>> Artificial Mind
> Cognition may "process" information, but not all
> information-processing is cognition.  One (of many)
> distinctions is that cognition uses information for IDEA,
Let us call the associative interrelations among concepts
the "idea."  Mind.Forth and the JS AI Mind preserve such
"ideas" as temporal clusters of associative tags.
Conversations with the Artificial Mind reactivate its ideas.
As a novice programmer I confess that my three AI variants
(in Amiga ARexx, Win32Forth, and Internet Explorer JavaScript)
still have difficulty keeping concepts straight because of
hard-to-control shiftings in the spreading-activation levels,
but I remain confident that the Mentifex AI programs are on the
right track and are based on sound neuroscientific principles.

> a metaphysical entity (there is not so much as a nutrino's
> worth of mass-energy in an idea).  Machines cannot distinguish
> one idea from another, or idea from nonidea (thing, or res).
Thank you for the Latin; I have a degree in Latin and Greek.

> The way current flows through any information-processing
> machine "discerns" from among strictly physical phenomena---
> such as sound waves or circuit-breaking keystrokes;
> such as patterns of light photons and no or few such photons---
> via physical current shifters, and, if the machine's programmer
> has accommodated it, it mechanically takes "appropriate" actions.
> In a very specious way, this can SEEM to resemble organismic
> (see below) thought and behavior.  But it takes the observing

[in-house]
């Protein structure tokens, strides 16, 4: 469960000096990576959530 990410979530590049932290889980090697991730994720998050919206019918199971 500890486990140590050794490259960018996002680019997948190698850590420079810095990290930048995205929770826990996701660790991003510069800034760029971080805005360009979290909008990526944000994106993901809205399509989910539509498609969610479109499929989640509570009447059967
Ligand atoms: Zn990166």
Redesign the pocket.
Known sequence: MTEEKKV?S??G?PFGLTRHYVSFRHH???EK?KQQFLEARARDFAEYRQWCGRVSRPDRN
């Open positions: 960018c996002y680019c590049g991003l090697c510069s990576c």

> human to grasp the IDEA(s) involved.  (True) cognition, whether
> at  "conscious" or "unconscious" levels, grasps IDEAs.
And a mentifex-class AI grasps IDEAS by assigning their
associative tags to concepts linguistically mediated by
verbs in most cases, and in future (I hope) by prepositions, etc.
The original theory of the Mentifex AI design was created in (q.v.).
> No, I do not mean "biological" or "corporeal," and that sort
> of view is just what is wrong with so-called "cognitive science."
> An organism---perhaps even a nucleotide, but certainly at the next,
> or viral, level---can do more than process information; it seems
> to be able to "think"; i.e., to get ideas.  An organism is a
> psychobiological entity.  But it would take too long here to
> trace the factually available but ignored evidence for this.
>> Please also see
>> -- Assoc. for the Scientific Study of Consc.;
>> -- Consciousness Studies
>> All the various Mentifex webpages present an original theory of mind.
> I will look them up, but based on the info  (only info)
> you have so far presented, the theory is not of mind,
> but of infomation-processing, alone. Just because  the
> hand shovel or bull-dozer can do many of the tasks that
> a human with only hands and limbs can do, and more of it
> in shorter time, does not mean that the hand shovel or
> bull-dozer IS a human limb with hands. Likewise, with our
> current technology, machines can be made to process
> information to just about any end that humans might
> wish their brains could do, but this does not mean that
> such machines are brains; most especially, they are not minds,
> for it still takes humans to grasp the IDEAs output by the machine.
Or it takes another machine running similar AI software.
Thank you for the discussion.

Arthur T. Murray
-- : consciousness; -- Home Page; : Mind.Forth AI; : Mind.REXX AI.

More information about the Neur-sci mailing list